Energy Recovery

Energy Efficiency and Energy Recovery

Energy recovery systems typically incorporate heat exchange equipment to reduce energy costs by extracting heat from the facility's exhaust air stream before it is vented outside. Energy recovery from the laboratory's exhaust should be considered when significant portions of operating hours are at ambient temperature of 50°F (10°C) and below. Another recoverable energy source is provided by chiller/DX condensers. Water cooled condensers can be piped to reject waste back into the labs HVAC system to provide reheat capacity, to augment run-around coil systems, and to dry regenerative heat wheels. When properly designed, these energy recovery systems can reduce installed HVAC system capacity by one-half; reduce operating energy from one-third to two-thirds, depending upon mode of operation; and have life-cycle cost paybacks from immediate to three years. The four major energy recovery systems include run-around coil systems, regenerative heat wheels, heat pipes, and fixed-plate exchangers. [Waller, 1999] [Basich, 1997] [Lumpkin, 1997] [Brown, 1993; Industrial Ventilation: A Manual of Recommended Practice - 22nd Edition, 1995]

These systems can recover energy in other ways besides recapturing the heat in the exhaust air. For example, waste heat in the process cooling water from the laboratory equipment can be recovered. Water chiller waste heat can provide domestic hot water and space heating for laboratories and offices with a run-around coil system. [Schicht, 1991]

The following types of energy recovery systems require side-by-side exhaust and supply ducting.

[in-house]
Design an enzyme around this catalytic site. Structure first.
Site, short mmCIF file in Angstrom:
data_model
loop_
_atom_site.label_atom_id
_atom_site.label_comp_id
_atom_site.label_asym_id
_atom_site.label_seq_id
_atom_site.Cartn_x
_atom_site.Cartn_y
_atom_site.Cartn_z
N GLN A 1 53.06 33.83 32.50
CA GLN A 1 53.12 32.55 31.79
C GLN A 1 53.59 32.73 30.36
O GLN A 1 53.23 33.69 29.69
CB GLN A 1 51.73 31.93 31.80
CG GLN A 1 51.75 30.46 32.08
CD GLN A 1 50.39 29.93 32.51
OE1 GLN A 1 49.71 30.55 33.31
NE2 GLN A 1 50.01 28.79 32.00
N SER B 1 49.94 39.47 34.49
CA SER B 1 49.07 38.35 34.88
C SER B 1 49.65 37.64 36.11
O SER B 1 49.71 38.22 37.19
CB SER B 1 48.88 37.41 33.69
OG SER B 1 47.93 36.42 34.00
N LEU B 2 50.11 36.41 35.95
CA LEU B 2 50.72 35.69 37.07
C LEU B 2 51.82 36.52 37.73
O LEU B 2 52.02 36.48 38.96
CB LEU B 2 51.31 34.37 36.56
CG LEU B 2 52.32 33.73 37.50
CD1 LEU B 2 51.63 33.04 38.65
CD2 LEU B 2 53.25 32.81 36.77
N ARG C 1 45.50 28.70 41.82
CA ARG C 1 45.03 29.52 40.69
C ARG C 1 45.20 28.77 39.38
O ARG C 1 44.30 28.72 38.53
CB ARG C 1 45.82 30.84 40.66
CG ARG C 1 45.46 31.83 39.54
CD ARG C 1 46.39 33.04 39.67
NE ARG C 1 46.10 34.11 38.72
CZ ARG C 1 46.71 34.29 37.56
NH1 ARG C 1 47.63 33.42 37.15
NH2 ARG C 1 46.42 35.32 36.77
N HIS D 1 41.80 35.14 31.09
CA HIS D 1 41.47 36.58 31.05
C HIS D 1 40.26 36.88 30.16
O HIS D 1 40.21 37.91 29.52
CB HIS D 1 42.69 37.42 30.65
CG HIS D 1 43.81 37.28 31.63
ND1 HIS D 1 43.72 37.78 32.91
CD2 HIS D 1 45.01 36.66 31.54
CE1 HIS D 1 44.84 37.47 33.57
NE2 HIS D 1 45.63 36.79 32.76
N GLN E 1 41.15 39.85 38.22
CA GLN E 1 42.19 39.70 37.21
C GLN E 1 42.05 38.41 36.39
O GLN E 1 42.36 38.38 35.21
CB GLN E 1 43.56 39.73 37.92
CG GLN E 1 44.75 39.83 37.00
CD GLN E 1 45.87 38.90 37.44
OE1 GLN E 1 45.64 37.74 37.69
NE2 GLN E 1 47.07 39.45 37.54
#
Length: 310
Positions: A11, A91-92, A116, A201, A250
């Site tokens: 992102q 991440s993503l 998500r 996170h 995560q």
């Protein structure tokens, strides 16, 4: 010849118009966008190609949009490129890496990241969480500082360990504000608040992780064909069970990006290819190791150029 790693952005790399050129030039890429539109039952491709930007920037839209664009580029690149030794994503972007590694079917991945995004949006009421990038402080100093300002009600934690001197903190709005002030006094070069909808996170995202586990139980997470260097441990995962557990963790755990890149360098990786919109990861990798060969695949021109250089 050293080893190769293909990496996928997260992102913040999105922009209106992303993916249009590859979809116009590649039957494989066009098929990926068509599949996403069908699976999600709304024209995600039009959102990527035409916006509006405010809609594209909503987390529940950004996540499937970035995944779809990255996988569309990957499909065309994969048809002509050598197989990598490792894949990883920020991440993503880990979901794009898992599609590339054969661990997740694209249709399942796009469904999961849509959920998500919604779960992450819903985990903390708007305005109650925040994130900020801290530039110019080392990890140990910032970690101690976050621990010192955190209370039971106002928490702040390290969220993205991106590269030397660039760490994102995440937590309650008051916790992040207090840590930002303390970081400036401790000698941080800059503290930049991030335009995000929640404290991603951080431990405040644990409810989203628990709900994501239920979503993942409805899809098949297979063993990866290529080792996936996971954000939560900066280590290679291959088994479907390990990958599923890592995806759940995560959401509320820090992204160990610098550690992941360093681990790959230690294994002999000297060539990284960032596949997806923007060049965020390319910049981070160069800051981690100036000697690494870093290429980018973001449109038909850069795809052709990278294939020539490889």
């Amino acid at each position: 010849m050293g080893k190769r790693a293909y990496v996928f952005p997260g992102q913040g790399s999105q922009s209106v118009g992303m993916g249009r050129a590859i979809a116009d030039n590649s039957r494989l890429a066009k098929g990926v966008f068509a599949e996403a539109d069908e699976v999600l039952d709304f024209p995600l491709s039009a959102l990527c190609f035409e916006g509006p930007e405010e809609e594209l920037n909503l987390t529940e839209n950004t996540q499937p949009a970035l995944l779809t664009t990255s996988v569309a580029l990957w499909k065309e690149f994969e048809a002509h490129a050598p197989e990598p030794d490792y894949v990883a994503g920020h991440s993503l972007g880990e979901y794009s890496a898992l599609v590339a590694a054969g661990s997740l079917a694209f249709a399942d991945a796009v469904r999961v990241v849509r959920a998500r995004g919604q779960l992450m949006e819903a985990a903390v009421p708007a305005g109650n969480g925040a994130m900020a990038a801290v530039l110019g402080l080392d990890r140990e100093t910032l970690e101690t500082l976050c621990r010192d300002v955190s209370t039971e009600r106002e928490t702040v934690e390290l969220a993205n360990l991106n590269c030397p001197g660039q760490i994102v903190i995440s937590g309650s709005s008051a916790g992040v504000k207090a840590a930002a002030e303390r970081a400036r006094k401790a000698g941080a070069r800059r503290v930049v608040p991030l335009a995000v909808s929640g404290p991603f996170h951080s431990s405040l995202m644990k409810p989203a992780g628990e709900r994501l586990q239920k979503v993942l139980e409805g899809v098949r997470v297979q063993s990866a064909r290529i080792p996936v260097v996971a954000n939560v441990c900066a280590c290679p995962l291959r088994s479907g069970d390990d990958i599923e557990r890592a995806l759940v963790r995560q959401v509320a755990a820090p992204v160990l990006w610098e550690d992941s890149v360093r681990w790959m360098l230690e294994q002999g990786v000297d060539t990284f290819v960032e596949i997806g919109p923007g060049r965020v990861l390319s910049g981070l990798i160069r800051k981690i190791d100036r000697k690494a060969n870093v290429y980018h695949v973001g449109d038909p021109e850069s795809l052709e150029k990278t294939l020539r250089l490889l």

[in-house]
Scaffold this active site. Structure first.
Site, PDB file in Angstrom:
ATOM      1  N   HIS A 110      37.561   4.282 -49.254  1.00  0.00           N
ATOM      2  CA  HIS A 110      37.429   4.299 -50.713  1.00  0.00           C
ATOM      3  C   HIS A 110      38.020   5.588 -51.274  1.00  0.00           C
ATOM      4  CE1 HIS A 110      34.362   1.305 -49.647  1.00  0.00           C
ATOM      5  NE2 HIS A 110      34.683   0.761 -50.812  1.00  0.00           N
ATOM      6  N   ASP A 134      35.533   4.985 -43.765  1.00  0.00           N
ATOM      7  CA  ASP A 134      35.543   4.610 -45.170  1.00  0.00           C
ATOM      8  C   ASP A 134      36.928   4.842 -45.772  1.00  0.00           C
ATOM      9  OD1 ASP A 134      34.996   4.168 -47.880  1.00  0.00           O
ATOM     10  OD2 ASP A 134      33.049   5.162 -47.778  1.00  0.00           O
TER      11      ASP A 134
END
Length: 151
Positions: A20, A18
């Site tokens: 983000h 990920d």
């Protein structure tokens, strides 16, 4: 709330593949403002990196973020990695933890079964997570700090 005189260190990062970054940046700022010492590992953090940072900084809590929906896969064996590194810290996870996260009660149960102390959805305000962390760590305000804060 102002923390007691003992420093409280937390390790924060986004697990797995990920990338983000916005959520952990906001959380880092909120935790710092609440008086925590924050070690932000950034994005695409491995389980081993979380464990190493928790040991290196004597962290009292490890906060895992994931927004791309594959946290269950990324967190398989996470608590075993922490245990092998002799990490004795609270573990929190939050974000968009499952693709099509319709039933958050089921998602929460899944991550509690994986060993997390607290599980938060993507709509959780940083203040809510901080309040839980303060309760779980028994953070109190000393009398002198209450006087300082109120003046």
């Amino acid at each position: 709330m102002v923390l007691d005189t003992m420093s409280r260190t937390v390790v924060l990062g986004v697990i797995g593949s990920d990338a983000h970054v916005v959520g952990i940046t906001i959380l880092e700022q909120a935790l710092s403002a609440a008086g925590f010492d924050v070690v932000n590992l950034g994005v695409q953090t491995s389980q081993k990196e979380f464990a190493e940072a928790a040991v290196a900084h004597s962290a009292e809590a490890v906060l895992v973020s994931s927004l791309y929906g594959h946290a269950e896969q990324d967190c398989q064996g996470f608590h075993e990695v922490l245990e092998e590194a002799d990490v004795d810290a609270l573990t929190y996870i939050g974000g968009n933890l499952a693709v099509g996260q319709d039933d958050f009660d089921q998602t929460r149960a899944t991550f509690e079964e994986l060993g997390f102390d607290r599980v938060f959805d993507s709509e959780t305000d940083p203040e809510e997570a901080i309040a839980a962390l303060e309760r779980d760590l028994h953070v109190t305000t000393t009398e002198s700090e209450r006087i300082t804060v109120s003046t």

A regenerative heat wheel is a revolving disc filled with an air-permeable medium including a desiccant. When the air passes through the medium, heat energy and moisture are transferred to the medium. As the medium rotates into the opposing air stream, the warmed, moist medium transfers the heat and moisture to the opposite-flowing air stream. Therefore, a heat wheel can either: reduce entry of warm, moist outside air into the lab building, or recover heat and moisture that would have been simply exhausted for the building. There has been a renewed interest in heat wheels since molecular sieve coatings have been used that ensure minimal contaminant transfer. [Industrial Ventilation: A Manual of Recommended Practice - 22nd Edition, 1995; Besant and Johnson, 1995] [Busby, 1996]

Regenerative Heat Wheel

Heat pipes offer a unique, compactly sized method of energy recovery that requires no external energy; however, they are not often used because of the restrictions they place on location of supply and exhaust air streams. [Cockerham, 2000]

Typically, fixed-plate energy recovery systems are coated, air-to-air aluminum heat exchangers; they may have to be quite large to perform effectively. [Stanke, 2000]


Laboratory energy recovery selection factors

Run-around systems

Desiccant heat wheels

Heat pipes

Fixed-plate systems

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